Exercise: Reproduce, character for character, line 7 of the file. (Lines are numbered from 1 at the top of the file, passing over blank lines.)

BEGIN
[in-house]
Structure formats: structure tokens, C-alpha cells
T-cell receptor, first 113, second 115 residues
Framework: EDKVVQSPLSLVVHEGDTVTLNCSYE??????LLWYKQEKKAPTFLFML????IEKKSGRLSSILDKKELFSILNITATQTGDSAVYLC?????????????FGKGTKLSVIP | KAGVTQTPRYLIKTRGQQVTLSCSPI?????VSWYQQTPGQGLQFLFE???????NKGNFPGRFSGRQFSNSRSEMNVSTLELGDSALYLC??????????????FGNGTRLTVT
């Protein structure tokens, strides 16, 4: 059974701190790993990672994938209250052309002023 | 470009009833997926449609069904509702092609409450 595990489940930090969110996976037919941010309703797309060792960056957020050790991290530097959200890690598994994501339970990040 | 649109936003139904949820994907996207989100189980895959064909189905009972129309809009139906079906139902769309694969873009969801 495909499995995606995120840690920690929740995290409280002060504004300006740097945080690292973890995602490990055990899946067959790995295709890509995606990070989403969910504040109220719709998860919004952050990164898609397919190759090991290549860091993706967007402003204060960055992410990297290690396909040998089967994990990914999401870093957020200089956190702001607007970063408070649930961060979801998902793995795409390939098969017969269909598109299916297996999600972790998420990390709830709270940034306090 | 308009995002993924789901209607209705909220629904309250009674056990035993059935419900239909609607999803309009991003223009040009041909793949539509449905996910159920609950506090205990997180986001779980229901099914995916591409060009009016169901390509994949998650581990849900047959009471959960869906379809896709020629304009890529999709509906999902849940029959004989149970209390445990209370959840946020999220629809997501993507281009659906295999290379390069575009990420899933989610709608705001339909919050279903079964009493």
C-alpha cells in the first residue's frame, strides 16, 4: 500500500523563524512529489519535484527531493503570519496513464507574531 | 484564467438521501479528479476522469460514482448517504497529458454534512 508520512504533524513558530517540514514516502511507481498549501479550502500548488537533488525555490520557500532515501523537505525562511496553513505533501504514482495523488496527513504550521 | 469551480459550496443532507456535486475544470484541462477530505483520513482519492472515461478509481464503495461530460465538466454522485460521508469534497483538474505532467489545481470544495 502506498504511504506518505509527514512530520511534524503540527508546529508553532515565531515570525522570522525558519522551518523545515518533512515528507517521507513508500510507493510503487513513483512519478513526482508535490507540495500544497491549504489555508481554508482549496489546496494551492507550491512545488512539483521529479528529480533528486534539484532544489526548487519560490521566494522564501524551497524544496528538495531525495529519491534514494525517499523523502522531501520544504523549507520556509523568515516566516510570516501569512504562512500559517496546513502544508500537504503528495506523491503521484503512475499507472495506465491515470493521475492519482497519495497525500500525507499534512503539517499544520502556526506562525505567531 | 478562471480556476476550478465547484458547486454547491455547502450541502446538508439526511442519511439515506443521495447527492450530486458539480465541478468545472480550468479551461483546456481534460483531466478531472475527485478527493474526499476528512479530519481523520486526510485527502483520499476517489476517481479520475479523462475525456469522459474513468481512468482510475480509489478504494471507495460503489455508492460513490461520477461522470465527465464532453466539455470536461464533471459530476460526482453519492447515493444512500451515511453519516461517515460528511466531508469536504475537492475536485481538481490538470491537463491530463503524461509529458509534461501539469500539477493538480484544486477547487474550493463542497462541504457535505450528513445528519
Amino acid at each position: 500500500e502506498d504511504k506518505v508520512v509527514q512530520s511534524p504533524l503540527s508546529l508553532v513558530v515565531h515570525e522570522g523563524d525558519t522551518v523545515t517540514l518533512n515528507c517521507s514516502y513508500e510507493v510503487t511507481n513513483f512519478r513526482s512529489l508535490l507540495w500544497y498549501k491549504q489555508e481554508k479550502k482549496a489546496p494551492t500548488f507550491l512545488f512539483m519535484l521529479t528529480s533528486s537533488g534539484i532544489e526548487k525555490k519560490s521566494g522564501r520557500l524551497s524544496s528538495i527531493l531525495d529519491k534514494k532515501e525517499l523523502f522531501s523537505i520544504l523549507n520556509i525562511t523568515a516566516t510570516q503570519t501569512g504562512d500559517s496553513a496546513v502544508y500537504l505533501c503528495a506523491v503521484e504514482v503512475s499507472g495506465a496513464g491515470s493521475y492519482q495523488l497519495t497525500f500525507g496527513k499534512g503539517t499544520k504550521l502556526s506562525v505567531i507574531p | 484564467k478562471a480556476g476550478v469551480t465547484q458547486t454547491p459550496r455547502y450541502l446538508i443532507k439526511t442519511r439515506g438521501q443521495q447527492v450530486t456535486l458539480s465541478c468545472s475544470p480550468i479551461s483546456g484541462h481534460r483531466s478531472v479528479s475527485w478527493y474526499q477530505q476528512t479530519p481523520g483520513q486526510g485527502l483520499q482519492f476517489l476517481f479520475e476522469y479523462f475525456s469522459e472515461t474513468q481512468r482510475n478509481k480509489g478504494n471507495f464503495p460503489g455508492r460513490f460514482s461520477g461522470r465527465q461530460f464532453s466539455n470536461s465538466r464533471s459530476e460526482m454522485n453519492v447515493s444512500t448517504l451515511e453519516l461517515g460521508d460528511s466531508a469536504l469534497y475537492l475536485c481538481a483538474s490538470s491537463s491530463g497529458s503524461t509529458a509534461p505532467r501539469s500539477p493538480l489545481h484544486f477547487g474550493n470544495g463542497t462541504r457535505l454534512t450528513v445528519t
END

Amino acid at each position: 500500500e502506498d504511504k506518505v508520512v509527514q512530520s511534524p504533524l503540527s508546529l508553532v513558530v515565531h515570525e522570522g523563524d525558519t522551518v523545515t517540514l518533512n515528507c517521507s514516502y513508500e510507493v510503487t511507481n513513483f512519478r513526482s512529489l508535490l507540495w500544497y498549501k491549504q489555508e481554508k479550502k482549496a489546496p494551492t500548488f507550491l512545488f512539483m519535484l521529479t528529480s533528486s537533488g534539484i532544489e526548487k525555490k519560490s521566494g522564501r520557500l524551497s524544496s528538495i527531493l531525495d529519491k534514494k532515501e525517499l523523502f522531501s523537505i520544504l523549507n520556509i525562511t523568515a516566516t510570516q503570519t501569512g504562512d500559517s496553513a496546513v502544508y500537504l505533501c503528495a506523491v503521484e504514482v503512475s499507472g495506465a496513464g491515470s493521475y492519482q495523488l497519495t497525500f500525507g496527513k499534512g503539517t499544520k504550521l502556526s506562525v505567531i507574531p | 484564467k478562471a480556476g476550478v469551480t465547484q458547486t454547491p459550496r455547502y450541502l446538508i443532507k439526511t442519511r439515506g438521501q443521495q447527492v450530486t456535486l458539480s465541478c468545472s475544470p480550468i479551461s483546456g484541462h481534460r483531466s478531472v479528479s475527485w478527493y474526499q477530505q476528512t479530519p481523520g483520513q486526510g485527502l483520499q482519492f476517489l476517481f479520475e476522469y479523462f475525456s469522459e472515461t474513468q481512468r482510475n478509481k480509489g478504494n471507495f464503495p460503489g455508492r460513490f460514482s461520477g461522470r465527465q461530460f464532453s466539455n470536461s465538466r464533471s459530476e460526482m454522485n453519492v447515493s444512500t448517504l451515511e453519516l461517515g460521508d460528511s466531508a469536504l469534497y475537492l475536485c481538481a483538474s490538470s491537463s491530463g497529458s503524461t509529458a509534461p505532467r501539469s500539477p493538480l489545481h484544486f477547487g474550493n470544495g463542497t462541504r457535505l454534512t450528513v445528519t